Dogon Bracelet, Mali
H: 10,5 cm (4,1″), Ø: 10,5 (4,1″), D: 4 cm (1,6″)
Weight: 300 g
This is a very rare and magnificent example of a Dogon bracelet – attributed to the Hogon (Dogon king). It shows old patina from usage, and is decorated with a couple (ancestors) and protective signs and symbols of alliance.
Metal works like this Dogon bracelet is molded in bronze by ‘the lost wax method’, also called ‘cire-perdue’. This kind of metal molding is made with a wax model and a mold made from a heat proof material, such as clay, in which the liquid metal is poured into through pipes and openings, and the wax is melted and drained away. The method is common on every continent exept Australia, and dates back to 3rd millenium BC and has sustained few changes since then.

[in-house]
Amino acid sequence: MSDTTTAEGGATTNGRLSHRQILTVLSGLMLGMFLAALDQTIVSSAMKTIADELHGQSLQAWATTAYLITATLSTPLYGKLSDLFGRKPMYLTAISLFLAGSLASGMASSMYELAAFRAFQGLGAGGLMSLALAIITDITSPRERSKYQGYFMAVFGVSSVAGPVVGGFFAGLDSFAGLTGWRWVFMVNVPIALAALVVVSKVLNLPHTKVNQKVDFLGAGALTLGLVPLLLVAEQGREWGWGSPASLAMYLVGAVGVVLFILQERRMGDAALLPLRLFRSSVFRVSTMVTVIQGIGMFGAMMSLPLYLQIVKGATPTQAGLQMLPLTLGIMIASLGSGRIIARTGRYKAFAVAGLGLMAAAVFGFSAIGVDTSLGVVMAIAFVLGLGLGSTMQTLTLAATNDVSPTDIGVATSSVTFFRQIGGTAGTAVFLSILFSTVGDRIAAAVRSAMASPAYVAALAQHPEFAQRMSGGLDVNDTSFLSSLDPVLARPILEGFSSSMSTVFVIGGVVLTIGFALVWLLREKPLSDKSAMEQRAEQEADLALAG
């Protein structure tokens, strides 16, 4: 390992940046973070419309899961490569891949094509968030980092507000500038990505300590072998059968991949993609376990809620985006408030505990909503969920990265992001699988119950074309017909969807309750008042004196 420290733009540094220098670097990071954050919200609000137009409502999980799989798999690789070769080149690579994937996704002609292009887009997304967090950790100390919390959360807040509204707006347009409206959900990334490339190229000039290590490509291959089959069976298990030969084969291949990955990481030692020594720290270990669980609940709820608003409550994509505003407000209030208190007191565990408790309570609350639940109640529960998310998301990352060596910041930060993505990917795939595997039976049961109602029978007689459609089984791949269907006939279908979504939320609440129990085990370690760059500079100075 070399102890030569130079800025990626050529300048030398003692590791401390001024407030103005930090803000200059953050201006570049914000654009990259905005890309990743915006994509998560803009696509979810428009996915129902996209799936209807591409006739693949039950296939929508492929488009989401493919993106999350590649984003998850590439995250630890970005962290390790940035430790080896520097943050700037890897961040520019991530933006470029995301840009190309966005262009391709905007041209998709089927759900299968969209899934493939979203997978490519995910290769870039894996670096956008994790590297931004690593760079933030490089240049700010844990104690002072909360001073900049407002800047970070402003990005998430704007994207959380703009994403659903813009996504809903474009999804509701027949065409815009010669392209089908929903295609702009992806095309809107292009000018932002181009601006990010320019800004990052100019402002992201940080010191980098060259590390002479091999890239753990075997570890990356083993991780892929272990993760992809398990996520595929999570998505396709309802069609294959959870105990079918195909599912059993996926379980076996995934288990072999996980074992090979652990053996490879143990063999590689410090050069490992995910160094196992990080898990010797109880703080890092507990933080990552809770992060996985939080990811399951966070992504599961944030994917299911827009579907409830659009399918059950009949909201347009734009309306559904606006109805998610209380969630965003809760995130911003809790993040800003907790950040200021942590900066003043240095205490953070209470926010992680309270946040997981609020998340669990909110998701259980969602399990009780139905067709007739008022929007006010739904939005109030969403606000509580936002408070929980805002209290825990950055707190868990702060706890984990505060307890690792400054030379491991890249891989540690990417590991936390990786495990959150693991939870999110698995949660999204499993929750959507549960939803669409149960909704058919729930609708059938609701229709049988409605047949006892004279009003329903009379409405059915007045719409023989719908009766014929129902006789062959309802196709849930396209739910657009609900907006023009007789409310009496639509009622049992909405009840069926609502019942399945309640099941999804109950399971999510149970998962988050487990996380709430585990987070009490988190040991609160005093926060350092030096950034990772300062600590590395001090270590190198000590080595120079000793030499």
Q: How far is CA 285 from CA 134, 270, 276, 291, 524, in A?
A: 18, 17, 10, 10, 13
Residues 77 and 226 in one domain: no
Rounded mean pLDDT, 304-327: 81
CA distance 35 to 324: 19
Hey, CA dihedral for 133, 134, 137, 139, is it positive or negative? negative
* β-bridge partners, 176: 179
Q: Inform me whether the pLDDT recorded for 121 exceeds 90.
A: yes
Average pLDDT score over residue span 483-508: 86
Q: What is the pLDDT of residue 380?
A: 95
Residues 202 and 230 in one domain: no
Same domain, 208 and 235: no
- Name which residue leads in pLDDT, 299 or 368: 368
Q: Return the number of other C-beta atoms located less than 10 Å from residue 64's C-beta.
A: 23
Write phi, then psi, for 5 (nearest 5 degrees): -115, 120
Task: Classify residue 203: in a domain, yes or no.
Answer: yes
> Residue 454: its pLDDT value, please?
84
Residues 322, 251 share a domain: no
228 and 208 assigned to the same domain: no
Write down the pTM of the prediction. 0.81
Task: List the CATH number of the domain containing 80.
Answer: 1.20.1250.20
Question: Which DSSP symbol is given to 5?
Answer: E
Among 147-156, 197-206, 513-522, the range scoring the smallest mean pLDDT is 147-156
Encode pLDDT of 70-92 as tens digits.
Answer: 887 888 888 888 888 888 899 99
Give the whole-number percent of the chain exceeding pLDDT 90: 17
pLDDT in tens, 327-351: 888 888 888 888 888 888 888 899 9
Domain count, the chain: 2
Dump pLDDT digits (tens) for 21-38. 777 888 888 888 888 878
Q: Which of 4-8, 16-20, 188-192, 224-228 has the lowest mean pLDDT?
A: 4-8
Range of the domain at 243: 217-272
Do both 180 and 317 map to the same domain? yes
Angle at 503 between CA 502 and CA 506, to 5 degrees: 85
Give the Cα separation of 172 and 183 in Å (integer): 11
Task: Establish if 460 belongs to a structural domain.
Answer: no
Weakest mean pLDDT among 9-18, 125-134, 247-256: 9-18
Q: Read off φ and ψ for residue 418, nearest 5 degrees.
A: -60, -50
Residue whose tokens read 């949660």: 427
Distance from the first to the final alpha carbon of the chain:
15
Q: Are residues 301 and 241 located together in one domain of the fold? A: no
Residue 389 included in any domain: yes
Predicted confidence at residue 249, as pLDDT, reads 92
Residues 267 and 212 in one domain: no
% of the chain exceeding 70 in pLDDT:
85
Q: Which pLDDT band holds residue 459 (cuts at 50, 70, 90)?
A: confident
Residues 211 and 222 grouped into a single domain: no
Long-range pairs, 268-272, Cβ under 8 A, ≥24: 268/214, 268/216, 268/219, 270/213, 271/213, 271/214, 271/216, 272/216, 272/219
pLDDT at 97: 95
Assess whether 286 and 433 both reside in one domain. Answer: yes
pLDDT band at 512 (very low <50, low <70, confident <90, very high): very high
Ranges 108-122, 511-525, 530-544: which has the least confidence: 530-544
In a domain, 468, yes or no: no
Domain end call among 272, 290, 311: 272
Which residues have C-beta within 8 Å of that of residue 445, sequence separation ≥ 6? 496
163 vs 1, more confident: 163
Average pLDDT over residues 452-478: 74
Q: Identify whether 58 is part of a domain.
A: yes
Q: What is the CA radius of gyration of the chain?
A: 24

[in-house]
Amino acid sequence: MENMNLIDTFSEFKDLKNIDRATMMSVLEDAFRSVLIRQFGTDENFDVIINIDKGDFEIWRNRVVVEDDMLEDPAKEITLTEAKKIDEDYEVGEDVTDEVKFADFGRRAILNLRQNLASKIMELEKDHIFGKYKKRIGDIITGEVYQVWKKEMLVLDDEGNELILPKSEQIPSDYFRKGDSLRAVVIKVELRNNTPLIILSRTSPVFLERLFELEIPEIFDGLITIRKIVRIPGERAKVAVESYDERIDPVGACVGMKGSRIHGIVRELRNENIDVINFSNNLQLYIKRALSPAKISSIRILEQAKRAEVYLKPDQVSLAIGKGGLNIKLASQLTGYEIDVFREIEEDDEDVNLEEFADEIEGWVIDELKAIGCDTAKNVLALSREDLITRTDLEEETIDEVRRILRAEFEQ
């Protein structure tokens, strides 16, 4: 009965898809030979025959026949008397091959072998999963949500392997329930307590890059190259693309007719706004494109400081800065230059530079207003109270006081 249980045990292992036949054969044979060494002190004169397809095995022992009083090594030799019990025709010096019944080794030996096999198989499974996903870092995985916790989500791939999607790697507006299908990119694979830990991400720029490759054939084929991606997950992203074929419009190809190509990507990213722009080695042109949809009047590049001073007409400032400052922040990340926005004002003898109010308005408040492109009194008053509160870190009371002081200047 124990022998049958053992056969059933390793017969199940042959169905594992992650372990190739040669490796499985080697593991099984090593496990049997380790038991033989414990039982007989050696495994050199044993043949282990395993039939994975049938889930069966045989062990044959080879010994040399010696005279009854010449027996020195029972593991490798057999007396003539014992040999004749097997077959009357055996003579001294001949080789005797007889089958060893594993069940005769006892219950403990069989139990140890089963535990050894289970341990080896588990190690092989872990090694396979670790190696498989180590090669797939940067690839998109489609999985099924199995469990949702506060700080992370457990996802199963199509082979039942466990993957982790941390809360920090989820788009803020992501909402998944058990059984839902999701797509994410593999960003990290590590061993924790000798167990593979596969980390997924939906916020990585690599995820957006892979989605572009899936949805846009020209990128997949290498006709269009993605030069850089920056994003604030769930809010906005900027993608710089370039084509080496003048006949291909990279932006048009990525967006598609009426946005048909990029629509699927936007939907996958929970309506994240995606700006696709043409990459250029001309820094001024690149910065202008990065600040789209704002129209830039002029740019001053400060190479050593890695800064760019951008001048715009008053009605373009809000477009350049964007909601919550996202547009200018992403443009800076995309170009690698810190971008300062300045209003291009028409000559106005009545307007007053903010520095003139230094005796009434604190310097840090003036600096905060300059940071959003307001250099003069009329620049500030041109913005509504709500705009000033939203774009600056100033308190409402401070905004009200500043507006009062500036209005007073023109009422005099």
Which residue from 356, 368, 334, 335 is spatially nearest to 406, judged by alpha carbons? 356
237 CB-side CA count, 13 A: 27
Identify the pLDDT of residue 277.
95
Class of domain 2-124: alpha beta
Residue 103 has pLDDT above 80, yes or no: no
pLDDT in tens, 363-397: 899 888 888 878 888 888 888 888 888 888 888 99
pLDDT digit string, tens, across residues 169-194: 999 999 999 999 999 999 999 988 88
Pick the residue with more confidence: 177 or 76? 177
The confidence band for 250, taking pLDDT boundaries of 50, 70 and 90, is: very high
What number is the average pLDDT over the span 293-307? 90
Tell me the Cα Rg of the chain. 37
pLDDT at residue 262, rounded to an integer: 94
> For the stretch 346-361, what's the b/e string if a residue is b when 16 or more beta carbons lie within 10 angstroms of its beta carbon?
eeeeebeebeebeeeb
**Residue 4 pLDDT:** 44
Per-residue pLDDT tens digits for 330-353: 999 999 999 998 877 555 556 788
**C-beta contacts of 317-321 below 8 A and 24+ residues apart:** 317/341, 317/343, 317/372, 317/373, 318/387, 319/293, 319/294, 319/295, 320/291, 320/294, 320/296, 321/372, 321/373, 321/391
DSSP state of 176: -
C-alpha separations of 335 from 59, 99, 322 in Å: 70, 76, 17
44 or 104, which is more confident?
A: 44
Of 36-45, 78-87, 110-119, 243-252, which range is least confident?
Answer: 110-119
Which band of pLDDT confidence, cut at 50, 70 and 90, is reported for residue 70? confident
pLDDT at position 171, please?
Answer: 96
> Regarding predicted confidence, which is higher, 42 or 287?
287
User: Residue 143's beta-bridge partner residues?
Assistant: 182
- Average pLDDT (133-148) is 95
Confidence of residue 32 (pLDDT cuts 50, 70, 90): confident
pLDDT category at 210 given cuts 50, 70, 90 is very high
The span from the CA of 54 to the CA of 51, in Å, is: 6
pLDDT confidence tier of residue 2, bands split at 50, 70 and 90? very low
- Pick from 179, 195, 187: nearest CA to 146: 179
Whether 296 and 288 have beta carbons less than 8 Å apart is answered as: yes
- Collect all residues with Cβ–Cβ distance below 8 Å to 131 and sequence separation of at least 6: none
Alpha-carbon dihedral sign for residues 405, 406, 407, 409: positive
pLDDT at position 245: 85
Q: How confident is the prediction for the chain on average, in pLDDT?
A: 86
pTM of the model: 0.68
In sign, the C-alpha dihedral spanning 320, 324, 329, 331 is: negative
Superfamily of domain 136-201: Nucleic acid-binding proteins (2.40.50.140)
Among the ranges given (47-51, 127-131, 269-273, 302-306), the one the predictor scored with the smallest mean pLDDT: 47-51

Age: Est. late 19th early 20th Century.
Literature: DOGON by Hélène Leloup for the exhibition “Dogon” in 2012 at the Musée du Quai Branly, Paris, page 375. Editions d’Art SOMOGY.
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